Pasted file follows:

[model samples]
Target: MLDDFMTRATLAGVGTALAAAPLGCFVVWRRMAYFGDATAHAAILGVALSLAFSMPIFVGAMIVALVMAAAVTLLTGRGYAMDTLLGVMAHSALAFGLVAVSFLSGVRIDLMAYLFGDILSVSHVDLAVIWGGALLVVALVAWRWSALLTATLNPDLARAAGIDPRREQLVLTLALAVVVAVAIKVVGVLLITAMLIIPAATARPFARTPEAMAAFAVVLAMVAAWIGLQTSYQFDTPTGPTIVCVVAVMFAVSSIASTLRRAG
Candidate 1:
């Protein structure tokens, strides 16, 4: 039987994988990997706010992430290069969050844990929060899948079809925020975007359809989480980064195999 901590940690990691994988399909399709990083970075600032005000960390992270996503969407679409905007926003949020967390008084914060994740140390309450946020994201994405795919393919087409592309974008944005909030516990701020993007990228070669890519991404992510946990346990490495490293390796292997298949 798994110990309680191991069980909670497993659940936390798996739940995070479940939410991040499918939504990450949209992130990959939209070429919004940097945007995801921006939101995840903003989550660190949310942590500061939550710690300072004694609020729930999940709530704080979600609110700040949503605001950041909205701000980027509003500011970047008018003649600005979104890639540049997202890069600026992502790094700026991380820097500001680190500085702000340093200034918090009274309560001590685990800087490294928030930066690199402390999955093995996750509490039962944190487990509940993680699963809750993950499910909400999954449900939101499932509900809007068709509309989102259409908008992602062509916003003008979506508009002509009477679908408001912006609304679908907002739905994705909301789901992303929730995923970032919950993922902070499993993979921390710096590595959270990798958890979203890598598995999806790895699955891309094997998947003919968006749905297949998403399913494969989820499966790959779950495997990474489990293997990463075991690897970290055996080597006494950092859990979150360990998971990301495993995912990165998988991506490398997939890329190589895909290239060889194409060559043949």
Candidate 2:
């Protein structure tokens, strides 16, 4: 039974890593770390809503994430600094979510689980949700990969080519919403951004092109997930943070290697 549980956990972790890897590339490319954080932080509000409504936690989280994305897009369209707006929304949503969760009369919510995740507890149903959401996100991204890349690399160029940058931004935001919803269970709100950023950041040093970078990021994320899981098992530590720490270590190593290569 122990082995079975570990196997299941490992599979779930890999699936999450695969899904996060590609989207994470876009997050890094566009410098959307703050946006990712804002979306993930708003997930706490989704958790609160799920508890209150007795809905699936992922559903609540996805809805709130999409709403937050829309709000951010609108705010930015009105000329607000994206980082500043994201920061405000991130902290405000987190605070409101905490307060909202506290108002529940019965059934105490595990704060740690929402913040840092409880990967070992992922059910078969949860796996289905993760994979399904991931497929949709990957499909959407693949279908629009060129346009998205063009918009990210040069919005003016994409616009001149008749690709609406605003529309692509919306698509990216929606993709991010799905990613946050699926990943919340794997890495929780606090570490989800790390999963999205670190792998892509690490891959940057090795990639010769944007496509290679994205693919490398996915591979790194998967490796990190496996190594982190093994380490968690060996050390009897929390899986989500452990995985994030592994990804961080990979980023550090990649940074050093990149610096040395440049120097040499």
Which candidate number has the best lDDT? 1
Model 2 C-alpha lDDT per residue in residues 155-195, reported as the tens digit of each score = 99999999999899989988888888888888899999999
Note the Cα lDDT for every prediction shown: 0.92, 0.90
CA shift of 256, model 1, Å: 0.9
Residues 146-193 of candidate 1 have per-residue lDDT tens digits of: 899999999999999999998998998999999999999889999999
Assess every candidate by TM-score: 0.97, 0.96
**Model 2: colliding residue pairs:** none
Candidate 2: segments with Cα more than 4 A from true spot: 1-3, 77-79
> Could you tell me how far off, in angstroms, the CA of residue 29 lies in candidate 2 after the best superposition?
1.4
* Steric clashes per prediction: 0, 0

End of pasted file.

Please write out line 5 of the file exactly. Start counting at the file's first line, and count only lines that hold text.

Candidate 2: